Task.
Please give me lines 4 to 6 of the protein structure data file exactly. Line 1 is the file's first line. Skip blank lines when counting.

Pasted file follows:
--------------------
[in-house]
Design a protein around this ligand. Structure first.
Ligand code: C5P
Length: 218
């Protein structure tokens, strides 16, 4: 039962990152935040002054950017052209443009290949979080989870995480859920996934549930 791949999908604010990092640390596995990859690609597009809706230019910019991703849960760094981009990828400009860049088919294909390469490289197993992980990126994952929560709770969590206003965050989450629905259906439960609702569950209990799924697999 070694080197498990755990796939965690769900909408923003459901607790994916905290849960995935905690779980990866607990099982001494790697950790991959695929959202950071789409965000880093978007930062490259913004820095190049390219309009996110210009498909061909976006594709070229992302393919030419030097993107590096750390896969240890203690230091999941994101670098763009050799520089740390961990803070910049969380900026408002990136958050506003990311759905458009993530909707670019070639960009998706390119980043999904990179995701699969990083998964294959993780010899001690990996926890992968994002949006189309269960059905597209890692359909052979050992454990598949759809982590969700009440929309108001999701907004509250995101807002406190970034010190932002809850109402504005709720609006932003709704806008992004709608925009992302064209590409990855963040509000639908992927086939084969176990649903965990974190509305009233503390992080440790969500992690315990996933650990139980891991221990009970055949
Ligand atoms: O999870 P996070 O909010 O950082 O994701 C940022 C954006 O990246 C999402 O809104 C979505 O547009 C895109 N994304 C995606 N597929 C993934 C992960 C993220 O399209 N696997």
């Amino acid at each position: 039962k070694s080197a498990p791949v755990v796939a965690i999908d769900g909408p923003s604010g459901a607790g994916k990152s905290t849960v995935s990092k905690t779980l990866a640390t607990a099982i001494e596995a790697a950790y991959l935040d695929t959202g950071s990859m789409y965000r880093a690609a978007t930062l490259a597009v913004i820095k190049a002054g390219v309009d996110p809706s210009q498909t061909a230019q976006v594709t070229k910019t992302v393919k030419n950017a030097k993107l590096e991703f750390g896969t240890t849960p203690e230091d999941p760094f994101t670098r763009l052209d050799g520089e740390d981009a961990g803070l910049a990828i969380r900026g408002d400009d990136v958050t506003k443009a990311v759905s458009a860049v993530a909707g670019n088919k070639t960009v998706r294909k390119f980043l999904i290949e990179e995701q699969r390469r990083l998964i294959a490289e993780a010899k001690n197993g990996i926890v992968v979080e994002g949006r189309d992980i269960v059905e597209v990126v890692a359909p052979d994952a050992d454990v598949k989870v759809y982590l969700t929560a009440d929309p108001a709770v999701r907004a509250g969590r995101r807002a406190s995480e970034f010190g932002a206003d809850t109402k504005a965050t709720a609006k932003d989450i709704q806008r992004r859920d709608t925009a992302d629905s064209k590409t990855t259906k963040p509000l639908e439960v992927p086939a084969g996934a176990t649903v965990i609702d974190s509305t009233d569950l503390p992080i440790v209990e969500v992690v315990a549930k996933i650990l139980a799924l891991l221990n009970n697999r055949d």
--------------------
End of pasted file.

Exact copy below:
Length: 218
């Protein structure tokens, strides 16, 4: 039962990152935040002054950017052209443009290949979080989870995480859920996934549930 791949999908604010990092640390596995990859690609597009809706230019910019991703849960760094981009990828400009860049088919294909390469490289197993992980990126994952929560709770969590206003965050989450629905259906439960609702569950209990799924697999 070694080197498990755990796939965690769900909408923003459901607790994916905290849960995935905690779980990866607990099982001494790697950790991959695929959202950071789409965000880093978007930062490259913004820095190049390219309009996110210009498909061909976006594709070229992302393919030419030097993107590096750390896969240890203690230091999941994101670098763009050799520089740390961990803070910049969380900026408002990136958050506003990311759905458009993530909707670019070639960009998706390119980043999904990179995701699969990083998964294959993780010899001690990996926890992968994002949006189309269960059905597209890692359909052979050992454990598949759809982590969700009440929309108001999701907004509250995101807002406190970034010190932002809850109402504005709720609006932003709704806008992004709608925009992302064209590409990855963040509000639908992927086939084969176990649903965990974190509305009233503390992080440790969500992690315990996933650990139980891991221990009970055949
Ligand atoms: O999870 P996070 O909010 O950082 O994701 C940022 C954006 O990246 C999402 O809104 C979505 O547009 C895109 N994304 C995606 N597929 C993934 C992960 C993220 O399209 N696997």